For green, leafy indoor plant growth or to keep your plant babies alive through winter (or in darker homes), choose a full spectrum LED white grow light. These can be a little tricky to track down, so I personally recommend this Aspect pendant light from Soltech Solutions.

There’s two sizes, a small and a large which have two different levels of light/power output. The small is best for low & medium light loving plants that are small in size. Pick the large size light if you’re growing larger indoor plants or would like the option to hang the light higher over a group of plants indoors.

Plus, Soltech have kindly given a discount code for my readers! Use the code dossier2021 to get 15% off your grow light.

Using a timer for grow lights

Seeing as grow lights need to be on for at least 8-10 hours a day, you may want to invest in an automatic timer. Using a timer will automatically turn the light on and off at whatever times you set for it.

These days, it’s even possible to get timers that are controlled by an app, making it possible to turn your grow lights on and off from wherever you are! This is helpful if you’re out and forgot to turn it off at night, or if there’s a storm on its way and you don’t want them left on.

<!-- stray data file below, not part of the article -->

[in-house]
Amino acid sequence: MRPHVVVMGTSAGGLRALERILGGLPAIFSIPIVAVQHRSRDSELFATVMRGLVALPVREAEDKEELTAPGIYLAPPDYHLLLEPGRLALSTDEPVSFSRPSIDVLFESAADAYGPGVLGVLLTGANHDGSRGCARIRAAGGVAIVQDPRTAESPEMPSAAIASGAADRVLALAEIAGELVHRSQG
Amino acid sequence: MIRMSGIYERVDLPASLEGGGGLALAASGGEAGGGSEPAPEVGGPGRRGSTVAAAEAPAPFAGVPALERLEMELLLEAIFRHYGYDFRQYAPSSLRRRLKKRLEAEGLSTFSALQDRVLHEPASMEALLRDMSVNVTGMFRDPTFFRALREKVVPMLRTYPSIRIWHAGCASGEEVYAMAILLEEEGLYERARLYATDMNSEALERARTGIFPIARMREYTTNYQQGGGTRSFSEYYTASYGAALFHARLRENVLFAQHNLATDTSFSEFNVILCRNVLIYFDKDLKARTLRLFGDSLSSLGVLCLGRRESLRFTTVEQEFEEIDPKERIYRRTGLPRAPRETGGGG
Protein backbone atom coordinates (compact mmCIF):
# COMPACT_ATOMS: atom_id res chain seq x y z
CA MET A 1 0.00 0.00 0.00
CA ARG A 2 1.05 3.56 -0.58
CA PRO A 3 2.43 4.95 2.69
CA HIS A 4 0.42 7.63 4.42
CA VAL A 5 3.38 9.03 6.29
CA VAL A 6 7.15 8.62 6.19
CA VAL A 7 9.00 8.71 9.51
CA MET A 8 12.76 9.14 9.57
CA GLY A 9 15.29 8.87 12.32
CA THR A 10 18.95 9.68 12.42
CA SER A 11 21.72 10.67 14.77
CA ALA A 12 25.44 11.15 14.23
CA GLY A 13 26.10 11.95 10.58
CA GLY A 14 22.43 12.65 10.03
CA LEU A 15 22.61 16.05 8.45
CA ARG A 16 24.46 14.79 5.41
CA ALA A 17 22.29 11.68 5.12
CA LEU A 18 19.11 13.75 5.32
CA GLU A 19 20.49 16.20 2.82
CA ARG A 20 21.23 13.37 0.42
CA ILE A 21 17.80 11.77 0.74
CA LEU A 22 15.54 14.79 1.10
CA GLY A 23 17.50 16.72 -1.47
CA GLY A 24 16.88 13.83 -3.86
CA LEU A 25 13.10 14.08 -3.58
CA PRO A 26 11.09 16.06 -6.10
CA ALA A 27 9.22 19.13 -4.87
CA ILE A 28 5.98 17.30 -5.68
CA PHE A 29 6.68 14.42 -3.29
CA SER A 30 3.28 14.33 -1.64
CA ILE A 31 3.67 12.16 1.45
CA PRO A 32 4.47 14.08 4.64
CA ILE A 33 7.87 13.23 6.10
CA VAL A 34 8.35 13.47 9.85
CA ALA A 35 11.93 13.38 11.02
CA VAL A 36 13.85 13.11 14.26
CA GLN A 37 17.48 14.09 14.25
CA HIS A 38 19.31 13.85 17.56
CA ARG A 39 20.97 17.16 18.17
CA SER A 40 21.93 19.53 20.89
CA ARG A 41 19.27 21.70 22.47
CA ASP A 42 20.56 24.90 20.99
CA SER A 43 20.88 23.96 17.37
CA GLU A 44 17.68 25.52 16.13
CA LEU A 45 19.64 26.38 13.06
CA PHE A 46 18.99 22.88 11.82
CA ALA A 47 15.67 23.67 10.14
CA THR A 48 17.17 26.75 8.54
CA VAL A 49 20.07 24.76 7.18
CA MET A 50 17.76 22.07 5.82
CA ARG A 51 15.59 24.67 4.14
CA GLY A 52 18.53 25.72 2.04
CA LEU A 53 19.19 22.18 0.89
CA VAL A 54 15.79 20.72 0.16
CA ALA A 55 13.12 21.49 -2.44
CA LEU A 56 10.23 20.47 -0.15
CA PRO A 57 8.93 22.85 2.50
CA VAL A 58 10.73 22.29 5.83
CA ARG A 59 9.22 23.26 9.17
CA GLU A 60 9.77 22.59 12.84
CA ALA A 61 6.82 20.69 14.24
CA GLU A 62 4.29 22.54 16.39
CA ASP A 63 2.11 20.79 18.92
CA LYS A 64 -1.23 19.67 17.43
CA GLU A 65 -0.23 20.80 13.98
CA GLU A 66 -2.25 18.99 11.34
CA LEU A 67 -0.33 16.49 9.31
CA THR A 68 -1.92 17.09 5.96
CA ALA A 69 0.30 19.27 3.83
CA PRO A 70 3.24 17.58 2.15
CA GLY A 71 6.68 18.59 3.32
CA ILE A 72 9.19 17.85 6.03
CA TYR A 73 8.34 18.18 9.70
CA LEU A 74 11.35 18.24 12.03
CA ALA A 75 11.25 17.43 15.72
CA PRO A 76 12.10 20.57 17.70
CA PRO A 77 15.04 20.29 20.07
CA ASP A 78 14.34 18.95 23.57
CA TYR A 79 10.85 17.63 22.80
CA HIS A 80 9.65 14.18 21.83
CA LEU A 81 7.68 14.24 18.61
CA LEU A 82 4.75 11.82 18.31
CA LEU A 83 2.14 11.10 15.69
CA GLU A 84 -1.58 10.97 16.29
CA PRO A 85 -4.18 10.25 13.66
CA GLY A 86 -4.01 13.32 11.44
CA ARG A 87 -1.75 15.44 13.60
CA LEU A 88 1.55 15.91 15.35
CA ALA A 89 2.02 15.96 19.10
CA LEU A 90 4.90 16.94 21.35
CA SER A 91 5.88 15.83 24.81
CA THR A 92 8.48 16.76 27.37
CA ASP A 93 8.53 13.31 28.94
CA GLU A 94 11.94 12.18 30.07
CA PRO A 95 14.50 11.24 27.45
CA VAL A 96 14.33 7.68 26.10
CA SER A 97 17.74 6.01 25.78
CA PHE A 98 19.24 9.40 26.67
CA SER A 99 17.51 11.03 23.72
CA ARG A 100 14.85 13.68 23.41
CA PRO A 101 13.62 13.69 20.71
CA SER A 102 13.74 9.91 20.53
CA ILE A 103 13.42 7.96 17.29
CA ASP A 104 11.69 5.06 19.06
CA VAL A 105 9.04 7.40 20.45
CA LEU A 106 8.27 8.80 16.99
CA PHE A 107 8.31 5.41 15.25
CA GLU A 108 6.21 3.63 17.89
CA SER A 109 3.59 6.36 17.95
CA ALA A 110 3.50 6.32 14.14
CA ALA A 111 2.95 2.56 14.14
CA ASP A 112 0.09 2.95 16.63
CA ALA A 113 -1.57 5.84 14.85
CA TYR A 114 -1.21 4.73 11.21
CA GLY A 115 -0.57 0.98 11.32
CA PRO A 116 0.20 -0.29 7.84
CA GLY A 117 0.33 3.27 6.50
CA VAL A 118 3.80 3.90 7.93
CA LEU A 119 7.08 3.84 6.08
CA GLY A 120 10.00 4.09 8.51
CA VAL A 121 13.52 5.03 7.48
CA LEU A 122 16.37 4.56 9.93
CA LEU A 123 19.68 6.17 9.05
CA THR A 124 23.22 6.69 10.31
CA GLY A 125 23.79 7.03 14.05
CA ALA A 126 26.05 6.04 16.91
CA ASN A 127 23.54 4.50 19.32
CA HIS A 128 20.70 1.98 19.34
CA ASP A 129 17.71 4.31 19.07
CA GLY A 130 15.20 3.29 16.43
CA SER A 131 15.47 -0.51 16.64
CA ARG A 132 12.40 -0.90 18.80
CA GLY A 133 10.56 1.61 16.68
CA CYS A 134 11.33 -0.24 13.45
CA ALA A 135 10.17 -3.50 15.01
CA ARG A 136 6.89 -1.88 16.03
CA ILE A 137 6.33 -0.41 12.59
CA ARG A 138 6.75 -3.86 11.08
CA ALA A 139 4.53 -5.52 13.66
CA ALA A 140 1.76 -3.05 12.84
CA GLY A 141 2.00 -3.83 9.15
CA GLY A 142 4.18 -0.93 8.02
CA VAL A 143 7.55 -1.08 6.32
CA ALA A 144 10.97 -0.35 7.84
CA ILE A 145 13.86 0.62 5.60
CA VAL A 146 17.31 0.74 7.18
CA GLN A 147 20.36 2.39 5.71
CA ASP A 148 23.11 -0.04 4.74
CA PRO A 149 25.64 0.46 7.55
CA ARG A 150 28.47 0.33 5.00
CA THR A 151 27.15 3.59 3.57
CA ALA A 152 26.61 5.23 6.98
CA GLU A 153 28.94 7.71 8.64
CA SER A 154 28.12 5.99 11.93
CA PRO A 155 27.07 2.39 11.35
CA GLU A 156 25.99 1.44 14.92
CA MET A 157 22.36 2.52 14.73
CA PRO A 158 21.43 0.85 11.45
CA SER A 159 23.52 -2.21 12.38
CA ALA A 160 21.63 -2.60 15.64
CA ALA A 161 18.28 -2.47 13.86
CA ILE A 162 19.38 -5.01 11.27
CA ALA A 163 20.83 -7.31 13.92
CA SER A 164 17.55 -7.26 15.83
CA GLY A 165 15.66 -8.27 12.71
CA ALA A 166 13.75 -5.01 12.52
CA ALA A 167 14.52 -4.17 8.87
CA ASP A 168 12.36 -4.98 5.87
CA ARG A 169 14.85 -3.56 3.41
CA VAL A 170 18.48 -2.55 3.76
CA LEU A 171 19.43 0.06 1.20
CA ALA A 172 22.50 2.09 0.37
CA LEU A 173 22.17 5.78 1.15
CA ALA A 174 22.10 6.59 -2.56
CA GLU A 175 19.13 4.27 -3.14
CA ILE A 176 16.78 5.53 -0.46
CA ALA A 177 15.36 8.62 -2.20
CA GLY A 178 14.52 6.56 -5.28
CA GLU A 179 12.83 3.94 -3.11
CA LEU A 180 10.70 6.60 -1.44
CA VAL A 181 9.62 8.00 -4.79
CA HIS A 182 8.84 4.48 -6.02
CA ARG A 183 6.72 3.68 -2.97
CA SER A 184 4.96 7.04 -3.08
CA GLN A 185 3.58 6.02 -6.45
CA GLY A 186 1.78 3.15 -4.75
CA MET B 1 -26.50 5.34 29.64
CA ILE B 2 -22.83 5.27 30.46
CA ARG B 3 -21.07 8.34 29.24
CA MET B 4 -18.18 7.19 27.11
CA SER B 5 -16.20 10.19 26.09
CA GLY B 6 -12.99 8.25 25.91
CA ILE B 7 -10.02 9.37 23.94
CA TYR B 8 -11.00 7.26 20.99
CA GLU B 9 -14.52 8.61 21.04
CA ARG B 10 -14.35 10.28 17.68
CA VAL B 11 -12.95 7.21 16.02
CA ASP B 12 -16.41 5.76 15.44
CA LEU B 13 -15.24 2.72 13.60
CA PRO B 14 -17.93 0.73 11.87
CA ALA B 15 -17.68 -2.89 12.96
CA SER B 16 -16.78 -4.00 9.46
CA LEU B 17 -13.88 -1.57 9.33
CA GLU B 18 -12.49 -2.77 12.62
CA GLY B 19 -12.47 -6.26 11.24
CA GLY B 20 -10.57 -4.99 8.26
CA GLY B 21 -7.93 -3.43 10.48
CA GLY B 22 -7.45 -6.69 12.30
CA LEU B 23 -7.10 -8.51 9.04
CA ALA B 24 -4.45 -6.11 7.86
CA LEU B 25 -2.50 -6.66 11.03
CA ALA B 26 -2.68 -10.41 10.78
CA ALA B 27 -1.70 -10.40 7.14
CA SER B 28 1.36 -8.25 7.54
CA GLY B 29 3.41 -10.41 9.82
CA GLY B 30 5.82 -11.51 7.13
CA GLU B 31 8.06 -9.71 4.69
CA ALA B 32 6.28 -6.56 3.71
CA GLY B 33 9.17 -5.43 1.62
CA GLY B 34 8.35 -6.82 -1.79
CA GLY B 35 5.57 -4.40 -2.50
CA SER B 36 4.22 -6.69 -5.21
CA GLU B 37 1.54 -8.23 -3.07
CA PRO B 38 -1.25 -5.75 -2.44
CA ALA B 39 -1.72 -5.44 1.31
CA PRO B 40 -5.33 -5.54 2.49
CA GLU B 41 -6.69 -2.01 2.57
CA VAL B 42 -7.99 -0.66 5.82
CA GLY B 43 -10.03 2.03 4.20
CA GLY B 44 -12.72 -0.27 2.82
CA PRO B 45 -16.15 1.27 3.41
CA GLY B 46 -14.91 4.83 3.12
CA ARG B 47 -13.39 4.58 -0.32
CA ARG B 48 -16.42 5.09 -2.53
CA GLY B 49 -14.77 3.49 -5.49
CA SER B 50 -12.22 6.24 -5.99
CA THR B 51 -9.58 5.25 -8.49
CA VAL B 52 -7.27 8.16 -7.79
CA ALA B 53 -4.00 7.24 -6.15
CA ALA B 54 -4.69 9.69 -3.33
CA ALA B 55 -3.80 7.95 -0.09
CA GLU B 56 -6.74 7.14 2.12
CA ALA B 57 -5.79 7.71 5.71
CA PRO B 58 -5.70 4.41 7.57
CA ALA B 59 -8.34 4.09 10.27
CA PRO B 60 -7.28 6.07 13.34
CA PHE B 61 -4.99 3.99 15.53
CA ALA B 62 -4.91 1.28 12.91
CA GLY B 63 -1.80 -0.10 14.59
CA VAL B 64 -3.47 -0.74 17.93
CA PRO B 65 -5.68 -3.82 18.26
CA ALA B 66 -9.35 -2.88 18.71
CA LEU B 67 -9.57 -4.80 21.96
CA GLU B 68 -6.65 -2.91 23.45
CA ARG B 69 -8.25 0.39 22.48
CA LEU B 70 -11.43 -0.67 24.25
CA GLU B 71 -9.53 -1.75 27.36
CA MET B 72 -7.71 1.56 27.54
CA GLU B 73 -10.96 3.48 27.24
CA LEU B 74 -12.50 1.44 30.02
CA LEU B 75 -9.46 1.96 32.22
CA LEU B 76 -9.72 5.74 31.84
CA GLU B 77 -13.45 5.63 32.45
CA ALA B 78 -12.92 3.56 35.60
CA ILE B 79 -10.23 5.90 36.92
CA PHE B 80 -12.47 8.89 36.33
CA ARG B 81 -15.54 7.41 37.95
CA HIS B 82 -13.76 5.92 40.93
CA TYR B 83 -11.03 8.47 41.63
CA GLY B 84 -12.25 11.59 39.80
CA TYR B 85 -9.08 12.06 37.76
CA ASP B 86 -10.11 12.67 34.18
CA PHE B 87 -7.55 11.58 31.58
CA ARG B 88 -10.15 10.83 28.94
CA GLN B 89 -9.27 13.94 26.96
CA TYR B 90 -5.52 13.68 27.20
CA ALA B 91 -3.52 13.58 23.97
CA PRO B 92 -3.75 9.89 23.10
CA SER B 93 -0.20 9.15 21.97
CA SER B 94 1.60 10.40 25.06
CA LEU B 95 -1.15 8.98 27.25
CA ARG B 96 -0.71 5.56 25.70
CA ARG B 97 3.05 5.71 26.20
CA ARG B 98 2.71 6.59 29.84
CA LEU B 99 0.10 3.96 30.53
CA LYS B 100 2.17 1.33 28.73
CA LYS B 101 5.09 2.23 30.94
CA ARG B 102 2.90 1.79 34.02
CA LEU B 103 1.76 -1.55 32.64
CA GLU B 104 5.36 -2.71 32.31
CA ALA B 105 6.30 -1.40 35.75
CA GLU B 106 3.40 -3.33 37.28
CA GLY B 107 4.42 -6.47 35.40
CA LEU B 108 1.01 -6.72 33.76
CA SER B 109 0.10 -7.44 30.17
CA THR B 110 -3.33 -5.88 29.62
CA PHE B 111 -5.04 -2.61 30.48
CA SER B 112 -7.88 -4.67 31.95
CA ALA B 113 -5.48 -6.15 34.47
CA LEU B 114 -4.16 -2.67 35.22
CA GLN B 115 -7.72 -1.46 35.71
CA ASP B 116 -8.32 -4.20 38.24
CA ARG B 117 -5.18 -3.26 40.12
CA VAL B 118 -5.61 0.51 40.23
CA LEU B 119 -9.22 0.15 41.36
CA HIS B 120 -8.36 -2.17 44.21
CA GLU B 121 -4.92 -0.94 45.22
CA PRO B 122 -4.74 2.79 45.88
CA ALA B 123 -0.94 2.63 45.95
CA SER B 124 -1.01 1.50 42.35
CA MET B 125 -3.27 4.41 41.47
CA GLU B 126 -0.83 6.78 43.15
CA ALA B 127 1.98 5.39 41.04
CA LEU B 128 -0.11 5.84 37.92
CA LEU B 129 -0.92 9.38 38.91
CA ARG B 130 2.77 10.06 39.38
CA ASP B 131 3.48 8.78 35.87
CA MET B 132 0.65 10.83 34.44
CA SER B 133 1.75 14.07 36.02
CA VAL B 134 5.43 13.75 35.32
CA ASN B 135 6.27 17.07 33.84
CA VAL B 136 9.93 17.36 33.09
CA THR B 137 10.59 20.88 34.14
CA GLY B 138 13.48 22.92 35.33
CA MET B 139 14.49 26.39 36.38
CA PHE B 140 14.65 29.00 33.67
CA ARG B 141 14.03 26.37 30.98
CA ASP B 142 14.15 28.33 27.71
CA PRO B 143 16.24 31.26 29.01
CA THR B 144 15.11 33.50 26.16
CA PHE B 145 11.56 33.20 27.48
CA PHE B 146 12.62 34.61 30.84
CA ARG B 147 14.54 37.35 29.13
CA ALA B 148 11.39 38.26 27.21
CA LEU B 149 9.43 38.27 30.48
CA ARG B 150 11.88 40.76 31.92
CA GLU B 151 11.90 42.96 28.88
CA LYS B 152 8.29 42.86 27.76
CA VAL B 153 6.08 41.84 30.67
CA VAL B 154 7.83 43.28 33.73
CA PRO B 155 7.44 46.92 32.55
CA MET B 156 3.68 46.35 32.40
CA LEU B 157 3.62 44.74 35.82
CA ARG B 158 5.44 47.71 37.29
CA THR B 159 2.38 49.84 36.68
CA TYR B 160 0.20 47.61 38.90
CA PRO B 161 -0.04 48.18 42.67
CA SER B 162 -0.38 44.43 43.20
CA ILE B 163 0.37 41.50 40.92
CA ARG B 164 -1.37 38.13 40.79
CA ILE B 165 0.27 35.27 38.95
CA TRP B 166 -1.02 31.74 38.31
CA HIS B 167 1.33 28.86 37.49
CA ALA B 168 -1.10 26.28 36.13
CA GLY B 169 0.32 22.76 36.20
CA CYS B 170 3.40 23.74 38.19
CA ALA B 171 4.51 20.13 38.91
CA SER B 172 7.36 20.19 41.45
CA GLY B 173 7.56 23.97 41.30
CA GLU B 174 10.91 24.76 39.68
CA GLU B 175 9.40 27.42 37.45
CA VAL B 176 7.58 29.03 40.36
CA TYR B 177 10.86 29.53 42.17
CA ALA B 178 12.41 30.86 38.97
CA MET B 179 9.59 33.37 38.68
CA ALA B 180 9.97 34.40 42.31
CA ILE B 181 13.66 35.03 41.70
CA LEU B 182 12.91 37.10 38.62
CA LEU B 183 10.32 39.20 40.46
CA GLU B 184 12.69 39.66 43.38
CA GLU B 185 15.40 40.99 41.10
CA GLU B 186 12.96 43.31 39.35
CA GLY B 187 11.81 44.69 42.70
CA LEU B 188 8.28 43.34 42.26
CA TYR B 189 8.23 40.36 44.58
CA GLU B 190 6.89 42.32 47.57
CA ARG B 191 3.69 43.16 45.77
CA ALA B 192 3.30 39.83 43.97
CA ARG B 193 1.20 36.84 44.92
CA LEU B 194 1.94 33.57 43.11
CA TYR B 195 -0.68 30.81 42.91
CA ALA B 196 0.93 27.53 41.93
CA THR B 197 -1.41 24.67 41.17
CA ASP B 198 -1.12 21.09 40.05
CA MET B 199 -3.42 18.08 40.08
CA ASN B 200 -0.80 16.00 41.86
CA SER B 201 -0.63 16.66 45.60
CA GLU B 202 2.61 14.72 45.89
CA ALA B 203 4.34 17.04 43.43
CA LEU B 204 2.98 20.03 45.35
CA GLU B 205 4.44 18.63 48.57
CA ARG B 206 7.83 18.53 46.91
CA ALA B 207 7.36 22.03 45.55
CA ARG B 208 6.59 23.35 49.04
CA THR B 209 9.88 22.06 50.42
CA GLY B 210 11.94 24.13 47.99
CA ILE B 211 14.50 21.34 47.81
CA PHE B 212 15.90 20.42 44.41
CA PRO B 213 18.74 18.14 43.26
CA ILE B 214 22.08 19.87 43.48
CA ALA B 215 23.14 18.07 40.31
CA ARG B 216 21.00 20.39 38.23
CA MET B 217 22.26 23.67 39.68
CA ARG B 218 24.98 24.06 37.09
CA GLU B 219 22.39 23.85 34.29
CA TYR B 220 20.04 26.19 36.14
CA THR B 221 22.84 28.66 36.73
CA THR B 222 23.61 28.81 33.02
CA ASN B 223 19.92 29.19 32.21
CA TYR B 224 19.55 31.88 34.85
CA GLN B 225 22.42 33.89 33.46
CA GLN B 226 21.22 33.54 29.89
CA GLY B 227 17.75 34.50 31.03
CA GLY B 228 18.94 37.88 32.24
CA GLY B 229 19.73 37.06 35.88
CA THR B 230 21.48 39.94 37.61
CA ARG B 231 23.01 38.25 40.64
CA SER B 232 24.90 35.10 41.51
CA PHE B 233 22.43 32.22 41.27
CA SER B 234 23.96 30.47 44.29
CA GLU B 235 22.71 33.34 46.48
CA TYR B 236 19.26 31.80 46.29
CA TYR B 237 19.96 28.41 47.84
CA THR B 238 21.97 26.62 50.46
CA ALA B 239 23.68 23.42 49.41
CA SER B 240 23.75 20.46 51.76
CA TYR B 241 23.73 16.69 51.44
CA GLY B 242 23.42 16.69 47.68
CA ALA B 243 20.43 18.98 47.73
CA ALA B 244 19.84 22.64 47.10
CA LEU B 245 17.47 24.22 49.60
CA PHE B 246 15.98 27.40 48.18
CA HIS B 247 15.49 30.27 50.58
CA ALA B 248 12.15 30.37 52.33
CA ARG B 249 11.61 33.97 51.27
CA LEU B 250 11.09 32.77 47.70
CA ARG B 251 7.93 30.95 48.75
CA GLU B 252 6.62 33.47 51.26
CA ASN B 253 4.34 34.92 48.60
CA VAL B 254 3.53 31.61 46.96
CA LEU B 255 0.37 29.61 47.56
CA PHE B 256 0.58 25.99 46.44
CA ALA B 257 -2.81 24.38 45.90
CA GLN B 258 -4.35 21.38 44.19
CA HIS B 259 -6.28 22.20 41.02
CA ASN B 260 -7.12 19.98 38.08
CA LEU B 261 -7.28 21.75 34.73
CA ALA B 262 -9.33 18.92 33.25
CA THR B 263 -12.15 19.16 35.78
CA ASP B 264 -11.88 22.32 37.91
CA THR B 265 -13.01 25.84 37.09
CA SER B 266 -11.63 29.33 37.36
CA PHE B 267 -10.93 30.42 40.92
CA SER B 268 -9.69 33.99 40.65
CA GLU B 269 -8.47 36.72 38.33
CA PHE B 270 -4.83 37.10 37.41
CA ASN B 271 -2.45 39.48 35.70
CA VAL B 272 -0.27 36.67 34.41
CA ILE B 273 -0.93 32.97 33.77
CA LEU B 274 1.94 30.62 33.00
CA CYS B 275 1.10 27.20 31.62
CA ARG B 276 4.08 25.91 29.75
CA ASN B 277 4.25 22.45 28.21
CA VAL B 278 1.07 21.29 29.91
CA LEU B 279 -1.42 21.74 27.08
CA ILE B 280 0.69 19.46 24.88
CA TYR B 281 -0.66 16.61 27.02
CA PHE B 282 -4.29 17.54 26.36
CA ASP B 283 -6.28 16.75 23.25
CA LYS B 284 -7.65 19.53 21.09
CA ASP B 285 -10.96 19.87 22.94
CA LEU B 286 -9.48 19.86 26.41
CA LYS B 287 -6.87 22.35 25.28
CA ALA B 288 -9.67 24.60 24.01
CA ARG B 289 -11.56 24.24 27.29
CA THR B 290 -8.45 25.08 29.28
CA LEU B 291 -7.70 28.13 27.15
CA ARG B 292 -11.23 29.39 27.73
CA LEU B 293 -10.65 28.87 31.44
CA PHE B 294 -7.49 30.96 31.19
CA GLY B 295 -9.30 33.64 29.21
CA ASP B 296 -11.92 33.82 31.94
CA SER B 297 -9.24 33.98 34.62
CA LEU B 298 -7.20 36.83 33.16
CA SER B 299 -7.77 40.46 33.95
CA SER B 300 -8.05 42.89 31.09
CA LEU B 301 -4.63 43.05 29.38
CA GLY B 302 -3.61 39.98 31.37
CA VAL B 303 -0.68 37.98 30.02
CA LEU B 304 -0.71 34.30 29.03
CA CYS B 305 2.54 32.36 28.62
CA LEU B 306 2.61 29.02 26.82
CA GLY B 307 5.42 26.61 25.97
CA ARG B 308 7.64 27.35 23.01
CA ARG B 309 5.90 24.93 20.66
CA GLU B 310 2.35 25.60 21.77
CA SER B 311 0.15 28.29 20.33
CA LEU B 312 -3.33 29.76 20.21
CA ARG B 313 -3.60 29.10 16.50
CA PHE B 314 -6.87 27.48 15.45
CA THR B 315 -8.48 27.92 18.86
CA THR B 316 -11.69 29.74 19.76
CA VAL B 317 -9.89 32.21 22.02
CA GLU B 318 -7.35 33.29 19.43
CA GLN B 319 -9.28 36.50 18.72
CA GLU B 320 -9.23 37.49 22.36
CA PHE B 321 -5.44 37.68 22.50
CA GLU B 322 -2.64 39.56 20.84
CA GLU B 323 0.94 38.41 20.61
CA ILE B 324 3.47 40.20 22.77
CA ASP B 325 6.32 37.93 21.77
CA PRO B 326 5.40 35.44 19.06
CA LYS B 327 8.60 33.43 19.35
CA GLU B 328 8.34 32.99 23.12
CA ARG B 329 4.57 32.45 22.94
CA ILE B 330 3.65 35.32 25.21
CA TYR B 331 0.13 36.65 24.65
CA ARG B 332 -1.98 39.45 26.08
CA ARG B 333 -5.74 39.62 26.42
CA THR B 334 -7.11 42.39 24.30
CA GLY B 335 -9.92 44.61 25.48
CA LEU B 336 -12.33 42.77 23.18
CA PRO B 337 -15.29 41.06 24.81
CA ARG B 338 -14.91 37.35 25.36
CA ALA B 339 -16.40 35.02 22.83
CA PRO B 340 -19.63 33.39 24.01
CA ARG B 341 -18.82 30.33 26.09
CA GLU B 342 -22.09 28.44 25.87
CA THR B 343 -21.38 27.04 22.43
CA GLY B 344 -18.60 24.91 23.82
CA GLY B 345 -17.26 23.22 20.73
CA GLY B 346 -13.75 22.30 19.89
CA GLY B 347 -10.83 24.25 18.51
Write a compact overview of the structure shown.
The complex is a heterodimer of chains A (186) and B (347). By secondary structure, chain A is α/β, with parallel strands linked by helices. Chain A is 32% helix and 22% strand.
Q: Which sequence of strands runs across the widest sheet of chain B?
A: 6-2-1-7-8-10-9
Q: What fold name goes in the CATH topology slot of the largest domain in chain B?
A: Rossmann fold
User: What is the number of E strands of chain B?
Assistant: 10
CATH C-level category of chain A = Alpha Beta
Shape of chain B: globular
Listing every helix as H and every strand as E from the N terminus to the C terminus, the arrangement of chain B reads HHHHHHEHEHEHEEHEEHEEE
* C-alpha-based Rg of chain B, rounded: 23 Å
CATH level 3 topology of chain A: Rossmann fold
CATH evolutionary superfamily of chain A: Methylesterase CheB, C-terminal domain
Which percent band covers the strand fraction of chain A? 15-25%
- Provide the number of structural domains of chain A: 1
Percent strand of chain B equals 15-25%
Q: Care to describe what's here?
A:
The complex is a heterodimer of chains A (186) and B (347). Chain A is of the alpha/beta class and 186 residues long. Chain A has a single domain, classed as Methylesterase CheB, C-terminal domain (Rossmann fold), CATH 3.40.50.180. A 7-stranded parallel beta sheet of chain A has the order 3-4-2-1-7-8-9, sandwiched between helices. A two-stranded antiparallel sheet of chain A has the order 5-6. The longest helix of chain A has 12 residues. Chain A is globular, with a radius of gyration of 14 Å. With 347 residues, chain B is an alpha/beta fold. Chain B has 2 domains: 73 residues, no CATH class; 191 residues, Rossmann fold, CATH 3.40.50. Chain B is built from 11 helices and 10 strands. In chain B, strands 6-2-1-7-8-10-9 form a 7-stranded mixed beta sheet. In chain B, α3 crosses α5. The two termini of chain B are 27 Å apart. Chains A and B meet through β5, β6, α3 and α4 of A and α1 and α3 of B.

When we bring plants into our home, they become part of our decor and part of our lives! Not only do they clean the air and provide us with joy, but in return I’ll bet you want to lavish them with care to see them thrive in your home.

There’s (almost) nothing better than seeing your plant babies grow lush, full and healthy within your care. Grow lights provide us with the ability to do just that.

Plants can often show symptoms of suffering in low light. So if you’re not sure if they indoor plants need more light, read this post on 8 signs your houseplants need more light.

Let me know if you have any questions on grow lights and I’ll be happy to help! I also share a lot of plant tips over on Instagram – come join me!

This post contains affiliate links.

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14 Comments. Leave new